How to Assign Interactions to Flash CS5 Components - dummies

How to Assign Interactions to Flash CS5 Components

By Jennifer Smith, Christopher Smith, Fred Gerantabee

You can make pretty buttons by defining states, but they won’t do anything useful. To get your buttons to do something, you need to add interactions. Interactions define a response to a user action. The most typical interaction occurs when you click a button and find yourself on a different web page.

To add an interaction to a button, follow these steps:

  1. Select the button.

  2. In the Interactions panel, click the Add Interaction button to open the panel.


  3. From the top drop-down list, choose which action initiates the response.

    The most common choice is On Click, which means that the user has to click the button.

  4. From the second drop-down list, choose the response.

    To add a link to another page inside your Catalyst project, choose Play Transition to State. To add a link to an outside web page, choose Go to URL, which requires an absolute URL (one with http:// in it). Other options are to play, pause, or stop a video; or play simple animation that you create in the Catalyst Timelines panel.

    Typically, when you pass the cursor over a link on a web site, the cursor changes to a hand. If you want your button to display the hand icon, with the button selected, expand the Appearance item in the Properties panel, scroll down, and select the Hand Cursor check box. You need to do this for every button on every page.

  5. Enter the necessary information for the response.

    If you choose Go to URL, a text box opens, where you need to enter an absolute URL. If you choose Play Transition to State, skip to Step 7.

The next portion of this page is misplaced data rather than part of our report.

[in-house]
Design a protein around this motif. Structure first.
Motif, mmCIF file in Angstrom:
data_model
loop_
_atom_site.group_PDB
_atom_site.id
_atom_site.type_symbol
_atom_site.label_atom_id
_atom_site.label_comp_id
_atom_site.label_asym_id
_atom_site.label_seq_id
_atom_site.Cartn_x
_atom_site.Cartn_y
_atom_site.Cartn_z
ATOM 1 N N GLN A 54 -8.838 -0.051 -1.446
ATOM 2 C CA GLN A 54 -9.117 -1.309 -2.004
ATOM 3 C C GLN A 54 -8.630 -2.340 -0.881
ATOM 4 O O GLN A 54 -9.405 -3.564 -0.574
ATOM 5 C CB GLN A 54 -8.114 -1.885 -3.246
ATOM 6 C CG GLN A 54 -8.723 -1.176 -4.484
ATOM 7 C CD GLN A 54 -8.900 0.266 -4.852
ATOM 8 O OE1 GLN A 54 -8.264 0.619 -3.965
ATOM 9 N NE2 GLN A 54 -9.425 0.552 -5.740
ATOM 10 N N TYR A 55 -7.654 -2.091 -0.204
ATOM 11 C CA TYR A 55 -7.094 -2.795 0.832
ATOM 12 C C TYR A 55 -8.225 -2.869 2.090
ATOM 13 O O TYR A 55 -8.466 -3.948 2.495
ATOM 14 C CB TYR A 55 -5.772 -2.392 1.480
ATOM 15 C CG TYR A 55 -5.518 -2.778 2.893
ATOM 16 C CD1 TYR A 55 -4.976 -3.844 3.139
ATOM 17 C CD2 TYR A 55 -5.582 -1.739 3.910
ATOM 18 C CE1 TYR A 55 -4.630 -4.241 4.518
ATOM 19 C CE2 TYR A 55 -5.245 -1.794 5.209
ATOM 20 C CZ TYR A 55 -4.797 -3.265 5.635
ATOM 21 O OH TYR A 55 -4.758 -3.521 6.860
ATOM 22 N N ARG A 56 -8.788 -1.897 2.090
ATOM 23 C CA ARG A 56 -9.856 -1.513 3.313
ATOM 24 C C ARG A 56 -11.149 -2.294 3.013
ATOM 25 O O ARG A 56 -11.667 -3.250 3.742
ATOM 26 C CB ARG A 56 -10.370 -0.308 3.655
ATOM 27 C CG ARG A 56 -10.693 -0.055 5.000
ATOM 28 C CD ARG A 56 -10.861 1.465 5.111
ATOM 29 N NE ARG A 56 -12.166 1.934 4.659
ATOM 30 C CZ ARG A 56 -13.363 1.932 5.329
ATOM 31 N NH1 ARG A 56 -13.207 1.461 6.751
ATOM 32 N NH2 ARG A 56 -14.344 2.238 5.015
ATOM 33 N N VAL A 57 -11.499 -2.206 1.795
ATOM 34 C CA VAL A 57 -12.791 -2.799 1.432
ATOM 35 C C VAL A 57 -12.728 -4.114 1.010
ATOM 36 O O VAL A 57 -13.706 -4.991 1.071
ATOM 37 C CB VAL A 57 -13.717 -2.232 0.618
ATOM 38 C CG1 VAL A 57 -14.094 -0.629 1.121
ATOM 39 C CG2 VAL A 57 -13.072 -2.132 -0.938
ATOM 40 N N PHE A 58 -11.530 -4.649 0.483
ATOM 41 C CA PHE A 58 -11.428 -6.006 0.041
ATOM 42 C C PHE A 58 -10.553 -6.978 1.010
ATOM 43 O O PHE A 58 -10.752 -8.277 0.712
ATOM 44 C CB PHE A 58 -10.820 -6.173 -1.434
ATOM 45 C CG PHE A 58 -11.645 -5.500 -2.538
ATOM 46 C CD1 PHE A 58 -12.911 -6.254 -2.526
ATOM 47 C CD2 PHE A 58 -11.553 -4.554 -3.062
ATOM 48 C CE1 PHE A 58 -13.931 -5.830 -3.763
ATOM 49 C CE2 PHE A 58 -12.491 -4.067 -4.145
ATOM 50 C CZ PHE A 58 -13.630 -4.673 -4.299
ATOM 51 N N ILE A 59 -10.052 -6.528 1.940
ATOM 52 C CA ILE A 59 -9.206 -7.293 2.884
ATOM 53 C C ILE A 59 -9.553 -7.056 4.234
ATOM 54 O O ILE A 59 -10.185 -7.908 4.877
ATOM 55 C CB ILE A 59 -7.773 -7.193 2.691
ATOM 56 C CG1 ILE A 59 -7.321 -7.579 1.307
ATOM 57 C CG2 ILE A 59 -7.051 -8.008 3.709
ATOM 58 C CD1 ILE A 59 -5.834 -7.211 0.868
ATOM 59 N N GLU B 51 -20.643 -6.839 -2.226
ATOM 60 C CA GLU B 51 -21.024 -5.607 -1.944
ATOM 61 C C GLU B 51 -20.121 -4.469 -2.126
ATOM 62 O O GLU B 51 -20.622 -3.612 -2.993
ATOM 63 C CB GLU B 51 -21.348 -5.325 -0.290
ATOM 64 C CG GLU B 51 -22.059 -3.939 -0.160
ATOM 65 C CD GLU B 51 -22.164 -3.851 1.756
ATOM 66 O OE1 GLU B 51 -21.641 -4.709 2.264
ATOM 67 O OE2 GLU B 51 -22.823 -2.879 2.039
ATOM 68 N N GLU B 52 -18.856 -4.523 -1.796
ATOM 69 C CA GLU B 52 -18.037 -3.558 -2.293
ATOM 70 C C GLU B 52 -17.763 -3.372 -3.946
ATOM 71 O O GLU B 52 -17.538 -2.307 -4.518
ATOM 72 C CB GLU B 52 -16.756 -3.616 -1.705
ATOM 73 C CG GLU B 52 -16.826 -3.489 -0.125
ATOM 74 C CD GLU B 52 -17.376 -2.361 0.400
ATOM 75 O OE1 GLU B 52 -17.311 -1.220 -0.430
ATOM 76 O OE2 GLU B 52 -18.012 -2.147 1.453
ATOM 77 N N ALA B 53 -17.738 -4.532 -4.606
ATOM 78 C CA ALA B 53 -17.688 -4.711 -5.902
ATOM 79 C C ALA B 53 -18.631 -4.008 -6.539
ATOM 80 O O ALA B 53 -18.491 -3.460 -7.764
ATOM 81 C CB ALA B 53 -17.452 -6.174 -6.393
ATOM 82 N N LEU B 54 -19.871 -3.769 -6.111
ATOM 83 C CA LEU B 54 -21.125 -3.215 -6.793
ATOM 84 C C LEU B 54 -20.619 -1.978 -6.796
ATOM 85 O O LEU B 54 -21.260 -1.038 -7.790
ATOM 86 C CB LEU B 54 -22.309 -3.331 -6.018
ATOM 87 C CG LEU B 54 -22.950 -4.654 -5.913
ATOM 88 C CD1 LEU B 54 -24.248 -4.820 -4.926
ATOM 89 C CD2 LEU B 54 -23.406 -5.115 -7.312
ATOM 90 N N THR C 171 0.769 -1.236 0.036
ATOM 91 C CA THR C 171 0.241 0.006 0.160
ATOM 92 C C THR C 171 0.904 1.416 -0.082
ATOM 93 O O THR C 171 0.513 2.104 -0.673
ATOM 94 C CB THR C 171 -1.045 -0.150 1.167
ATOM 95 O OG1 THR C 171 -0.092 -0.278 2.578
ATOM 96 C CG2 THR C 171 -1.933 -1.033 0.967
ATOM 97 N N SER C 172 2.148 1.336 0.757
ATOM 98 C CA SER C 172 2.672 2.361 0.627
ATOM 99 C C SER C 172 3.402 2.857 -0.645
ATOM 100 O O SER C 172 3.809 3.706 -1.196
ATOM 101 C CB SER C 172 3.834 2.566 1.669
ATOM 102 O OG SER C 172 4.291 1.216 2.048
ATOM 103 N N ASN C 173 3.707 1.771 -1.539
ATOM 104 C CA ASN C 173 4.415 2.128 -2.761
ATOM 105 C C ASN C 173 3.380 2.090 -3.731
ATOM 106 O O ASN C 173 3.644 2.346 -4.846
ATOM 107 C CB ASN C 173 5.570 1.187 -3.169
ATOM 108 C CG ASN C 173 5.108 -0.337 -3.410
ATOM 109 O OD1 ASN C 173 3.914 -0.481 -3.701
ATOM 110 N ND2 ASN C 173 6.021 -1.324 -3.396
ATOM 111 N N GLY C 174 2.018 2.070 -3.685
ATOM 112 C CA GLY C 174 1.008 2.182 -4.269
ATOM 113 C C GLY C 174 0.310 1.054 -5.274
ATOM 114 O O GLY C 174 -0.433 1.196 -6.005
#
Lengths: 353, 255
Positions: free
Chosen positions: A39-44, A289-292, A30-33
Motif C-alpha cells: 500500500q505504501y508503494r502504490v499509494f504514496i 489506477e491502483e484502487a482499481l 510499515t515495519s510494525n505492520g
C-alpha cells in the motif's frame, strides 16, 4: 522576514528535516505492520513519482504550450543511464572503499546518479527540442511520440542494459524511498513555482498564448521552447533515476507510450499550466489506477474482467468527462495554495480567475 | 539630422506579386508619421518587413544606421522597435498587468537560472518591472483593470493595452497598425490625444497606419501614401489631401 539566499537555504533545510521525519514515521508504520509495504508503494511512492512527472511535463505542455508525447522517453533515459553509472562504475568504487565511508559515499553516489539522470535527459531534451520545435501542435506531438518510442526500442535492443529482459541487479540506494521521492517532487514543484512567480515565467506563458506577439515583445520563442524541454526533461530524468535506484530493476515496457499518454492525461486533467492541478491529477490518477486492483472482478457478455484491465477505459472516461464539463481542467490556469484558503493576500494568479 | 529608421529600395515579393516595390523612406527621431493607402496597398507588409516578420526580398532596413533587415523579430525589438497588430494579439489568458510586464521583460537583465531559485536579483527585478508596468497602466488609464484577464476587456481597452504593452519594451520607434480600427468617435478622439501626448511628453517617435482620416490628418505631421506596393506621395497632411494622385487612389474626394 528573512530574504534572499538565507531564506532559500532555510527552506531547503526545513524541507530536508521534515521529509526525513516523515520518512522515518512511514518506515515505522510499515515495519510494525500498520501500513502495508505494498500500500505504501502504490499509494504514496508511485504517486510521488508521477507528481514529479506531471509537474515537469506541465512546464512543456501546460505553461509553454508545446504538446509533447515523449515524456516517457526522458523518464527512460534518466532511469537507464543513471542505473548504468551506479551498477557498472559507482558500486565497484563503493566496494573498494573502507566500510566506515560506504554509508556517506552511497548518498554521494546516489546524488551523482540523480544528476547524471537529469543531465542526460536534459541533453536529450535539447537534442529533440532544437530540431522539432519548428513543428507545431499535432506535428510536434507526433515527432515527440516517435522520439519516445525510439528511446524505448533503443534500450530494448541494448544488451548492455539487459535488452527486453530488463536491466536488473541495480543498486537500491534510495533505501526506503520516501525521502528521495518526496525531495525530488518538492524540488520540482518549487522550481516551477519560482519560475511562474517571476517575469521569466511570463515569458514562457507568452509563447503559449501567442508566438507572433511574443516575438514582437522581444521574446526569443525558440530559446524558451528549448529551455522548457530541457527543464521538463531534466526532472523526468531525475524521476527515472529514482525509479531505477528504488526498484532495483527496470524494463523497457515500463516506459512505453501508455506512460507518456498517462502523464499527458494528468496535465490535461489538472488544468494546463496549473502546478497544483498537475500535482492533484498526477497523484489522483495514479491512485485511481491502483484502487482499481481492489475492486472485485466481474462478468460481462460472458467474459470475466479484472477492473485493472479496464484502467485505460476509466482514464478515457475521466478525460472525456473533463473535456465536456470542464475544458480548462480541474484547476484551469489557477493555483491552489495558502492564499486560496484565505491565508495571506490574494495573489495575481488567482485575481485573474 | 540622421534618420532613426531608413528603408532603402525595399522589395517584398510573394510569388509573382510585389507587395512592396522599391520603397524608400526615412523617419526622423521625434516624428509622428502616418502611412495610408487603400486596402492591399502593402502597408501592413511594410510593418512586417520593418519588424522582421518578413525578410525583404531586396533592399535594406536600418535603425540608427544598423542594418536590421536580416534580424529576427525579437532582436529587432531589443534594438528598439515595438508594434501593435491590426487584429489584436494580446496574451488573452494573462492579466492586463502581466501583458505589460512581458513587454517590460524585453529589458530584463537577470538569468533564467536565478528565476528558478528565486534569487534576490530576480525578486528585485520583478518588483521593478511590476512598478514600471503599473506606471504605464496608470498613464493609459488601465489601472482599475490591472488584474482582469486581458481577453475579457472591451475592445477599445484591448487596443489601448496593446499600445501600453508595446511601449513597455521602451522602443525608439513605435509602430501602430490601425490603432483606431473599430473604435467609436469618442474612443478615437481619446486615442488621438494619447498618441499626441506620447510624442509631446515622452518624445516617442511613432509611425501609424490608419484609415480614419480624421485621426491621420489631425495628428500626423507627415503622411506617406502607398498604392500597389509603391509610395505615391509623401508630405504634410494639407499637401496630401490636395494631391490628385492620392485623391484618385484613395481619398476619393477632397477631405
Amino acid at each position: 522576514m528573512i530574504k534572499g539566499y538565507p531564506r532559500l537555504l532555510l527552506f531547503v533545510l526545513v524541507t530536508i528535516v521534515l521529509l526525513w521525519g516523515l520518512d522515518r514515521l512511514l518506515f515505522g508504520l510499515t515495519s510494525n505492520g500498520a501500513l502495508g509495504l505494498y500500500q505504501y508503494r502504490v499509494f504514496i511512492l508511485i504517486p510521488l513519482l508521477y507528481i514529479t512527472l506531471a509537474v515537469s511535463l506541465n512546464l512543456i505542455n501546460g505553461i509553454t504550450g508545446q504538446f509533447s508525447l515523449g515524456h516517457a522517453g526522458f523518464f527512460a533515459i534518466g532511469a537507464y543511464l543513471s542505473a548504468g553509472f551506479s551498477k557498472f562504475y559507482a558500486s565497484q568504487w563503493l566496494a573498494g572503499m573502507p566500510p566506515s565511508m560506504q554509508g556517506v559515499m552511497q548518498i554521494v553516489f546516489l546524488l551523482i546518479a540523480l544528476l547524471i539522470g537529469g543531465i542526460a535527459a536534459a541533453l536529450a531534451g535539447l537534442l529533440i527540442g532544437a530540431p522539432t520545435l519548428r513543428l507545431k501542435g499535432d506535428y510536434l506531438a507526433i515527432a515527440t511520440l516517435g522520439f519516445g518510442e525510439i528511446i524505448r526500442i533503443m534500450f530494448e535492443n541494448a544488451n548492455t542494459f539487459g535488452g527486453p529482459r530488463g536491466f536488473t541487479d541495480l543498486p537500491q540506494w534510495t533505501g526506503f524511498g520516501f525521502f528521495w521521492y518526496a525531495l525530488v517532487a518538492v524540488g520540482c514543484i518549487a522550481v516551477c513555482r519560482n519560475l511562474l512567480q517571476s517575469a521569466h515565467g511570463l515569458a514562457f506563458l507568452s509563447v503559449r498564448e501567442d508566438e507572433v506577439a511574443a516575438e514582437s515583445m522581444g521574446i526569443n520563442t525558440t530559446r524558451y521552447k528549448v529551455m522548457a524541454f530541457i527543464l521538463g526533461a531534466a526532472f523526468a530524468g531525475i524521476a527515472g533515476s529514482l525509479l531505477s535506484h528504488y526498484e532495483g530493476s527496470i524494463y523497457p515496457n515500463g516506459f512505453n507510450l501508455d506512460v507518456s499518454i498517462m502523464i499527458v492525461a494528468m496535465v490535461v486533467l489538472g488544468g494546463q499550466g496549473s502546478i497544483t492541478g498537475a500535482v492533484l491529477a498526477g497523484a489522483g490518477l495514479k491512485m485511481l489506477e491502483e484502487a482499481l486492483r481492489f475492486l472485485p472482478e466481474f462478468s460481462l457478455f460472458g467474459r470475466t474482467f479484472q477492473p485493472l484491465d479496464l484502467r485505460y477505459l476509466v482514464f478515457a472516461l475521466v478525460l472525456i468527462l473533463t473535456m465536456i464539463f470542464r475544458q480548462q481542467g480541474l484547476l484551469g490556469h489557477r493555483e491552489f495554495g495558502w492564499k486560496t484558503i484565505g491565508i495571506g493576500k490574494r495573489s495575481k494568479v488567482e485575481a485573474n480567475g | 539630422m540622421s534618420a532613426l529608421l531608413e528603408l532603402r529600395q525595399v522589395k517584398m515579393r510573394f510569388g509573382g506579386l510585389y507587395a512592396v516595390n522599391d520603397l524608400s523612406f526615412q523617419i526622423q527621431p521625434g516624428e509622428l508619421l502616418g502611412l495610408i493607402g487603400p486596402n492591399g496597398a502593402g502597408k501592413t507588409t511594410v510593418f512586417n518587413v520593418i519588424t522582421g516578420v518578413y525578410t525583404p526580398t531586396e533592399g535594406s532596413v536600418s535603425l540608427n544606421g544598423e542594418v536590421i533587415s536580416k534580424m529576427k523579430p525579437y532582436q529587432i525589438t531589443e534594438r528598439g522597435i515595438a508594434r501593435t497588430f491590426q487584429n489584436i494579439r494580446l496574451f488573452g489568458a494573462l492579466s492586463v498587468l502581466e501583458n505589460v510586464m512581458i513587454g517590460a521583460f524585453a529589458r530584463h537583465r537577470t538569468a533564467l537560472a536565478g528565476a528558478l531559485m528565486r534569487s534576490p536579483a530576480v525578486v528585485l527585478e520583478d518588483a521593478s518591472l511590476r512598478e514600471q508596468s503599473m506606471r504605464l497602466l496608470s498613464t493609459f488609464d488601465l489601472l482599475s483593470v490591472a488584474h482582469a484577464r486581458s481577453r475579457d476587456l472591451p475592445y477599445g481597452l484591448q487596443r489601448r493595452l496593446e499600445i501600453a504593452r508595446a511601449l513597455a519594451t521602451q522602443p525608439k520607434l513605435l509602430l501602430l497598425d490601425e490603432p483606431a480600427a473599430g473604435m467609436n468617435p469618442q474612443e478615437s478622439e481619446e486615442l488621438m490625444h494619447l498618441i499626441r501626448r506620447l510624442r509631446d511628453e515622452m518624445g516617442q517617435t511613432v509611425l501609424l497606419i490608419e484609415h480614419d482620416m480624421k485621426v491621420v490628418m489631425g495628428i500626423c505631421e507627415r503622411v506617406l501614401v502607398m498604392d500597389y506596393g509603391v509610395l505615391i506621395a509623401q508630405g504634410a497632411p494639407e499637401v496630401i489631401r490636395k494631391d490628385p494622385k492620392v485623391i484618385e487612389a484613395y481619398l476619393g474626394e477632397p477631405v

6. If you choose Go to URL, in the new drop-down list that appears, choose how you want the link to open.

    The most common options are Open in Current Window or Open in New Window.

  7. From the Choose State drop-down list, choose the state.

    If you choose Go to URL in Step 4, choose Any State. If you choose Play Transition to State, choose the page you want to link to.

  8. Click OK.

  9. Test your button by choosing File→Run Project (or by pressing Ctrl+Enter on Windows/Command+Return on a Mac).

    When your temporary browser page opens, click the button and see what happens!

The figure shows an image turned into a button. With a Go to URL interaction, the button links to an Adobe PDF file. Clicking the button opens the PDF file, which users can then save or print.


Thanks to Ellen Finkelstein for permission to use her website as an example.

To edit an interaction, select the button and double-click the interaction listed in the Interactions panel. To delete an interaction, select it in the Interactions panel and click the Trash button.

Continue adding interactions to buttons until all your internal and external links work. Congratulations! You have a website!